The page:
Nnfcc market review biofuels issue twentyfive april 2014


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A round up of news from the biofuels sector

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Nnfcc market review biofuels issue twentyfive april 2014

  1. 1. Welcome to the April 2014 issue of our biofuels market review! Each month we review the latest news from across the biofuels market. This service is exclusively for NNFCC members. Contents Policy ...............................................................3 Market.............................................................4 Bioethanol .....................................................5 Biomethane...................................................6 Advanced biofuels......................................6 Events ..............................................................7 Price Information ........................................9 Issue Twenty Five April 2014 NNFCC Market Review | Biofuels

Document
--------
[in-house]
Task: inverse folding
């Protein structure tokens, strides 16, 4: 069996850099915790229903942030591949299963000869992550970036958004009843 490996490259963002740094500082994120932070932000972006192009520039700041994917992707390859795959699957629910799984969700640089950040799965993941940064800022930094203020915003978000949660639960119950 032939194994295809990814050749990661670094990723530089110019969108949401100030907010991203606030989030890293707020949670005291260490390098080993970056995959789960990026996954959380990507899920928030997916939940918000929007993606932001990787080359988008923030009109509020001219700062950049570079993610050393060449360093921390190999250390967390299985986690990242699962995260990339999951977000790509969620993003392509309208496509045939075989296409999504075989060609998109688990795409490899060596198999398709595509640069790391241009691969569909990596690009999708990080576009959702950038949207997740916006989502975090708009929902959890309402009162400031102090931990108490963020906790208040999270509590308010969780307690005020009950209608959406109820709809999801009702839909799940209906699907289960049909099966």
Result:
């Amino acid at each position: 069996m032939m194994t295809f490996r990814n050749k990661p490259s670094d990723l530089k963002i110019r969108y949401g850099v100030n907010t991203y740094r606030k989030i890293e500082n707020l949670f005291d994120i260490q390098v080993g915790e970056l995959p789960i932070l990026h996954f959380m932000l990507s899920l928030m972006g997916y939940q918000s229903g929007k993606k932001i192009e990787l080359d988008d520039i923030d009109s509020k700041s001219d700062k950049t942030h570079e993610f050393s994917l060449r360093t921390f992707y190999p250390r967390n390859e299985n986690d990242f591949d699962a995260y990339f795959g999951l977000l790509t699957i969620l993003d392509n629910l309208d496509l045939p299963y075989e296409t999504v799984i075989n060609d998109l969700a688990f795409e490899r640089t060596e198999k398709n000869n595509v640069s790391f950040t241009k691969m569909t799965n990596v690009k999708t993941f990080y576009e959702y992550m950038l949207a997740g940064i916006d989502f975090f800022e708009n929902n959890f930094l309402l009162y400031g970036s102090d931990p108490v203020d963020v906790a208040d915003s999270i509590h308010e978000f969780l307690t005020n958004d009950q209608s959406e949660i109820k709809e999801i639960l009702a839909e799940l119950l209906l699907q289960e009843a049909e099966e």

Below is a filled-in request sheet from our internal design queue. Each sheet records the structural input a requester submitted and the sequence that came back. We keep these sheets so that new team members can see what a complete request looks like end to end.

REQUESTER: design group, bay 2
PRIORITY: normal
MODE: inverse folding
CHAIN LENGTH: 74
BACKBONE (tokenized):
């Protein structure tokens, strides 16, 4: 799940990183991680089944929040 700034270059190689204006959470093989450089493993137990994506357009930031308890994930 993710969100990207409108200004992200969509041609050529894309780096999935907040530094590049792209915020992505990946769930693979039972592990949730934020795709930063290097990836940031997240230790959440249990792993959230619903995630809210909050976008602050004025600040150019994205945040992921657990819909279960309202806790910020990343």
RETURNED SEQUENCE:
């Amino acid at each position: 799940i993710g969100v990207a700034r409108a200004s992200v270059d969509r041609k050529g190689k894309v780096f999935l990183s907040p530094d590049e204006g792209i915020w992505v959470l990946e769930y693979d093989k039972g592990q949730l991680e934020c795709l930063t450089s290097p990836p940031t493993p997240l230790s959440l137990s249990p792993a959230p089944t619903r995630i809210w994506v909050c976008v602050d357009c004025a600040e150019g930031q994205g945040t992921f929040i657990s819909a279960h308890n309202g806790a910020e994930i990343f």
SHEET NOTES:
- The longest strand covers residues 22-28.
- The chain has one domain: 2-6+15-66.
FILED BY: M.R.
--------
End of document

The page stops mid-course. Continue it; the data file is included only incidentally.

2. 2. NNFCC Market Review, April 2014, Page 2 of 10 Foreword The EU has been criticised recently for creating energy and climate policies that cause political instability, insecurity to potential capital investors and failing to set ambitious targets . It has been further criticised for developing unrealistic strategies that do not cover the long capital ROI’s that typically characterize innovative biofuels technologies. Such an example is Vireol and Ineos Bio that despite their plan to build fuel biorefineries in the UK finally moved their projects overseas to the US. The European Commission has been trying to re-anchor capital investments in new energy technologies in an attempt to reach its 2020 energy and climate goals. Recently it released the new State Aid regulations that will come into force in 1 July 2014 running to 2020. The new guidelines extend the scope of the existing guidelines on aid for Environmental protection, to the (bio)energy field, in particular to cover state aid to energy infrastructure projects, generation adequacy measures and energy intensive users. The new guidelines plan to support projects in a cautious manner so as not to undermine the development of less mature technologies and investment in innovation, like advanced biofuels. At the same time, the new IPCC report highlighted that estimated ILUC emissions are “highly uncertain, unobservable, unverifiable, and dependent on assumed policy, economic contexts, and inputs used in the modelling (see paragraph 11.13.4). Also it concluded that EU policy- makers must not ignore the benefits offered by sustainable biofuels, like EU wheat to ethanol, because EU transport emissions have risen by 36% since 1990 levels and are now responsible for 26% of Europe’s total GHG emissions. Read on for the latest market news.